File I/O

Many programs require that we store data between runs or load at start up.  A simple example might be highest scores for a game or questions for a quiz program. Often the data will need to be structured in some way to make it easier to load and common examples include: Comma Separated Values (CSV);  EXtensible Markup Language (XML); and JavaScript Object Notation (JSON). Python makes it very easy to open and work with files.   All examples in this guide assume that the file is located alongside the program file in the same folder.

Quick Example

To open a file in the same folder as your program and convert it to a string use:

Open (and closing) Files

Python has a very neat file open method that allows us to open a file for reading and writing.  When we use this command we specify a mode that tells Python what we intend to do e.g. r for reading, w for writing, a for appending and r+ for reading and writing.    

In this example, I am opening a text file called rhymes.txt that is located in the same folder as my program for reading.

In this second example I’m opening a file for writing but the file is located in a different folder so I have to give the full path.

When we have finished with any file handles we should close it and tell the computer we no longer need to hold this file in memory.

Reading from file handle

Once the file has opened you can interact with the file handle.  It’s worth reading the documentation if you really want to understand this. For example you can read the whole file into one string variable

Or you can just read one line.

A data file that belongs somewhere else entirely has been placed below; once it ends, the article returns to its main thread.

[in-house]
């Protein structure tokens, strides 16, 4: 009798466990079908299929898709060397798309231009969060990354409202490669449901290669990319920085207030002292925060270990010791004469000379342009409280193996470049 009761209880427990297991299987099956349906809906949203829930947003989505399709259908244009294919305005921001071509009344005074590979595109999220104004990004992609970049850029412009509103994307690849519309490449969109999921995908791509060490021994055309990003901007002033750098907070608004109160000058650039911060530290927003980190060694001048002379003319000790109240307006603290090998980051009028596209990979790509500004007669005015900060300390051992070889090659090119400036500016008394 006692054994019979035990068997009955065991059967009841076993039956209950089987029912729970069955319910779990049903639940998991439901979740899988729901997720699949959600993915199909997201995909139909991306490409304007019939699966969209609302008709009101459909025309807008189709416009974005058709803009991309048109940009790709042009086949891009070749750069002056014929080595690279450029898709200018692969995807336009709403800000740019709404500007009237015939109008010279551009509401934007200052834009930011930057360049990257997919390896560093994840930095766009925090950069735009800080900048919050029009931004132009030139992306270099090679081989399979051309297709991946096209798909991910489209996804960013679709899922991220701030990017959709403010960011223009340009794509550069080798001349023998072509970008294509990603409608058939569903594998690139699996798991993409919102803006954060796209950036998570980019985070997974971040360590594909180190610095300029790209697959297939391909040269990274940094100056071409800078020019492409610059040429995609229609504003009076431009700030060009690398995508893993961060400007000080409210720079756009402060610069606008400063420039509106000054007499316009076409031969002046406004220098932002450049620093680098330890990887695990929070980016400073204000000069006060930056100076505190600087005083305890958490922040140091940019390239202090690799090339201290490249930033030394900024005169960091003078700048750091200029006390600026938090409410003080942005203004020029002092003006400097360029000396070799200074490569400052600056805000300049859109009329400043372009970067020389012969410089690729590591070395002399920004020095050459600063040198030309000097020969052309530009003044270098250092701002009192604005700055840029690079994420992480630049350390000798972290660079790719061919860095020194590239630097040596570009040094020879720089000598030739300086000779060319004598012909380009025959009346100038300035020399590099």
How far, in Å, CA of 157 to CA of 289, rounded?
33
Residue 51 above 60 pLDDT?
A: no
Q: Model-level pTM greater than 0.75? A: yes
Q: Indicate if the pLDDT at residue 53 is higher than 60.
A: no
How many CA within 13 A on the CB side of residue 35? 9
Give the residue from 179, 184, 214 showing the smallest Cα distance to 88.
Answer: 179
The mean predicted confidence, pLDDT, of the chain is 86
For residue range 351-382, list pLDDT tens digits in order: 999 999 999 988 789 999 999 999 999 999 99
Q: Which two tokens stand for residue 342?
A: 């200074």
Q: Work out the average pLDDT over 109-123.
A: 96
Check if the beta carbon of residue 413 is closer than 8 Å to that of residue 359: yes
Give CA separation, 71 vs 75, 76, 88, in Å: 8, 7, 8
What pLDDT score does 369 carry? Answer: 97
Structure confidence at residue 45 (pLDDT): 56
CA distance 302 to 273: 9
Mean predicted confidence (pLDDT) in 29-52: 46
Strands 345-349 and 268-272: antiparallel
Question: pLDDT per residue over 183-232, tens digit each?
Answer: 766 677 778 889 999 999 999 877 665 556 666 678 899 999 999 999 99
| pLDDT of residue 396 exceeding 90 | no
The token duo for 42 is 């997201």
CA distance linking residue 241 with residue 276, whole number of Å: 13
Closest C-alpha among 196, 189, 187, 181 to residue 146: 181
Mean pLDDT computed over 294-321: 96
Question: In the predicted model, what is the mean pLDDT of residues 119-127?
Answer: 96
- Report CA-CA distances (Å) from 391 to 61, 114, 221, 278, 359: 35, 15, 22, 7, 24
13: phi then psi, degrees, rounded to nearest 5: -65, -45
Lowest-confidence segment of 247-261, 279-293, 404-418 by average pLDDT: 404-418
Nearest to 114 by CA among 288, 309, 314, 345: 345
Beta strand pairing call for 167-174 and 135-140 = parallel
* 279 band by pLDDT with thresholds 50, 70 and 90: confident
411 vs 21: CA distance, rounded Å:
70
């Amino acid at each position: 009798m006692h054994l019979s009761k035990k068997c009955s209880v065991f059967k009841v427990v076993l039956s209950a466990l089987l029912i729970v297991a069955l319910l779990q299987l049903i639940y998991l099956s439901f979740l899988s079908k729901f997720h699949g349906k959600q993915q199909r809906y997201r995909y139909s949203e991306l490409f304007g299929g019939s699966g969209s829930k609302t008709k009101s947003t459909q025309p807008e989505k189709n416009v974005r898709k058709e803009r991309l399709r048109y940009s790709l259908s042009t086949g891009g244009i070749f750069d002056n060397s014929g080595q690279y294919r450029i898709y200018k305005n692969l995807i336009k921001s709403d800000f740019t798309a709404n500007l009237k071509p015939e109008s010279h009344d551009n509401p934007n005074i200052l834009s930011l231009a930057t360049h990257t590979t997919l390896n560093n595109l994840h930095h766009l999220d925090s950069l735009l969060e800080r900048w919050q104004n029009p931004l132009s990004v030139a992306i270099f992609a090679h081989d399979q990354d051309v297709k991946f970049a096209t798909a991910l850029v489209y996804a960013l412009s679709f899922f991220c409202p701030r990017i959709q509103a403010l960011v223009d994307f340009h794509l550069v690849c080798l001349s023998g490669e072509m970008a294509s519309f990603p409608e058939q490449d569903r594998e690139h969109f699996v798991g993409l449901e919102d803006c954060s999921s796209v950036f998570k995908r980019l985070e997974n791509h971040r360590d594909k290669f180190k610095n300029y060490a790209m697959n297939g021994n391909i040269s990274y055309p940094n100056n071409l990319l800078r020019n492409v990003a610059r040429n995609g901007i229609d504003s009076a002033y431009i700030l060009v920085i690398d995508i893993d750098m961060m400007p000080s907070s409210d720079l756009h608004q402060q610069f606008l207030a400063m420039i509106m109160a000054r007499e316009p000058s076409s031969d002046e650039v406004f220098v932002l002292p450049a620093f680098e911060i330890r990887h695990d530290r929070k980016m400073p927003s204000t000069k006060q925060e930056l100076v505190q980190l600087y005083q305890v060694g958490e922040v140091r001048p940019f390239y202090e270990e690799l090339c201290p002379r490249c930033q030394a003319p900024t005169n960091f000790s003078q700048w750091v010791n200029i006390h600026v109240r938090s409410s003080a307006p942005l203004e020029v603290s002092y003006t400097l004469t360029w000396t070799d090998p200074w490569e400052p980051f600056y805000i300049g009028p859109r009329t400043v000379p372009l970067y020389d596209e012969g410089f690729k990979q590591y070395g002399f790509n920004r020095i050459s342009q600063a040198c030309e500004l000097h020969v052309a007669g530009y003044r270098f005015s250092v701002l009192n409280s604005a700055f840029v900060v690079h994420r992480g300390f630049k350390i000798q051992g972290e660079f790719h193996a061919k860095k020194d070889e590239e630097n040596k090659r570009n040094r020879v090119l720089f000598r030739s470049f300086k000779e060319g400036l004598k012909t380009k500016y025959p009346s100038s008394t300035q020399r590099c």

You can also loop through each line in the file one by one.

Be Aware:  As you read lines from the file your position in the file is updated.  In the following example var1 will only contain line 1 and var2 will contain lines 2 onwards even though it uses the read method.

Writing to a file

You might want to write a line to the file.  This example opens a file and writes the current time to a file.

Dealing with CSV

With very simple data structures such as a high scores table the CSV file format is perfect.   Each line of the file is arranged as values separated by commas (or in some instances semicolons) e.g. We can read files like this with the following code:

You can also append (or write – change the mode used) rows to a CSV file.

Dealing with XML

If you have more complicated data such as sprite information for a game then Extensible Markup Language (XML) might be a suitable approach.   XML data is structured in a similar style to HTML so if you have written some webpages in the past it should not look too scary. 

pythonXMLExample.jpg - 11/2015

The following code shows the first step in extracting information from an XML file.

Results in 

pythonXMLOutput.jpg - 11/2015

About CDB 360 Articles
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